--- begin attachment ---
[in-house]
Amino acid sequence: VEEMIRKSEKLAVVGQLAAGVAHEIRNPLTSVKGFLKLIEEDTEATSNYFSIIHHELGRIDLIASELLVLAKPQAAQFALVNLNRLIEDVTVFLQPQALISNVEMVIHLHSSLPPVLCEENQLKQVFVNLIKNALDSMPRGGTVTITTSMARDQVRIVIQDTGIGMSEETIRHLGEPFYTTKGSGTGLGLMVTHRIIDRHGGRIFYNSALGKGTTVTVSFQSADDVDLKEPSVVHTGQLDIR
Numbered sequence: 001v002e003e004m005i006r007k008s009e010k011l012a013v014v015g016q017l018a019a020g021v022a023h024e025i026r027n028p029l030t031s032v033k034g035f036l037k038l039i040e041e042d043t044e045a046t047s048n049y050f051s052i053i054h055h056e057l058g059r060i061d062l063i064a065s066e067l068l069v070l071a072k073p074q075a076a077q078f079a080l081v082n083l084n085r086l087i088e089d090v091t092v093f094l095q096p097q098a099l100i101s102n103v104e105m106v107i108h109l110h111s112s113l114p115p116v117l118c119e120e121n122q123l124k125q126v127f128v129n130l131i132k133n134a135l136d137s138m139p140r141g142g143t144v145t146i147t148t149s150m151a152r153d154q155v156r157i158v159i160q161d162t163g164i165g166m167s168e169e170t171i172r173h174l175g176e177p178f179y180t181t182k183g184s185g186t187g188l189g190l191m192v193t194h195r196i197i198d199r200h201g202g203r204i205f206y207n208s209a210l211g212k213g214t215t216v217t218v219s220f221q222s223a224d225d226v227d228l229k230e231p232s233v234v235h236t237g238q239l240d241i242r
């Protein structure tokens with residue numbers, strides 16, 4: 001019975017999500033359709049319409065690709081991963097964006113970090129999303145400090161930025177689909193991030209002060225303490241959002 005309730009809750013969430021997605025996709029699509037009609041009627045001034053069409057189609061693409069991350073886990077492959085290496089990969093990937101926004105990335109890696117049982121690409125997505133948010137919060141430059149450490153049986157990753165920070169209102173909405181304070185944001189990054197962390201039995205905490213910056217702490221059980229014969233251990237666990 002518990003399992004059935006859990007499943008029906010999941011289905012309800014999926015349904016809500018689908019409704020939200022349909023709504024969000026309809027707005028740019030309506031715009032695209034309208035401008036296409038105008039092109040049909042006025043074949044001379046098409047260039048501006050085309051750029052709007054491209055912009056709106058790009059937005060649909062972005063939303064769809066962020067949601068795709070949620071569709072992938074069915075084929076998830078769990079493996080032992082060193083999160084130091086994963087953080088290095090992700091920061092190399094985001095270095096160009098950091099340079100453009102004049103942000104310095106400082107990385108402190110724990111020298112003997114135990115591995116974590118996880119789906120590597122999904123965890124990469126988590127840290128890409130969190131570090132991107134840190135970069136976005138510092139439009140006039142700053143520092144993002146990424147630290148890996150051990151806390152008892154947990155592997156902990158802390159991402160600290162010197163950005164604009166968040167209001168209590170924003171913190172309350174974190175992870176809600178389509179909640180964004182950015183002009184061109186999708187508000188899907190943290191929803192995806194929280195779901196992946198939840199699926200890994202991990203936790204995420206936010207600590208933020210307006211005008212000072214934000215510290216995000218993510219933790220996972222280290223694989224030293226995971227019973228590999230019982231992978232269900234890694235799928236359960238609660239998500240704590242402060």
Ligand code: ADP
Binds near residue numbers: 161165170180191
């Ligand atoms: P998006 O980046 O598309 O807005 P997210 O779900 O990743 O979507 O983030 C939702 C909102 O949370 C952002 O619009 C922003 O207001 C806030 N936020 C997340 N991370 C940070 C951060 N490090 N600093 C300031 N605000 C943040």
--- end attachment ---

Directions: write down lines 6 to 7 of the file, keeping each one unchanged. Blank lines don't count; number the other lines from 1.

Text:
Binds near residue numbers: 161165170180191
């Ligand atoms: P998006 O980046 O598309 O807005 P997210 O779900 O990743 O979507 O983030 C939702 C909102 O949370 C952002 O619009 C922003 O207001 C806030 N936020 C997340 N991370 C940070 C951060 N490090 N600093 C300031 N605000 C943040």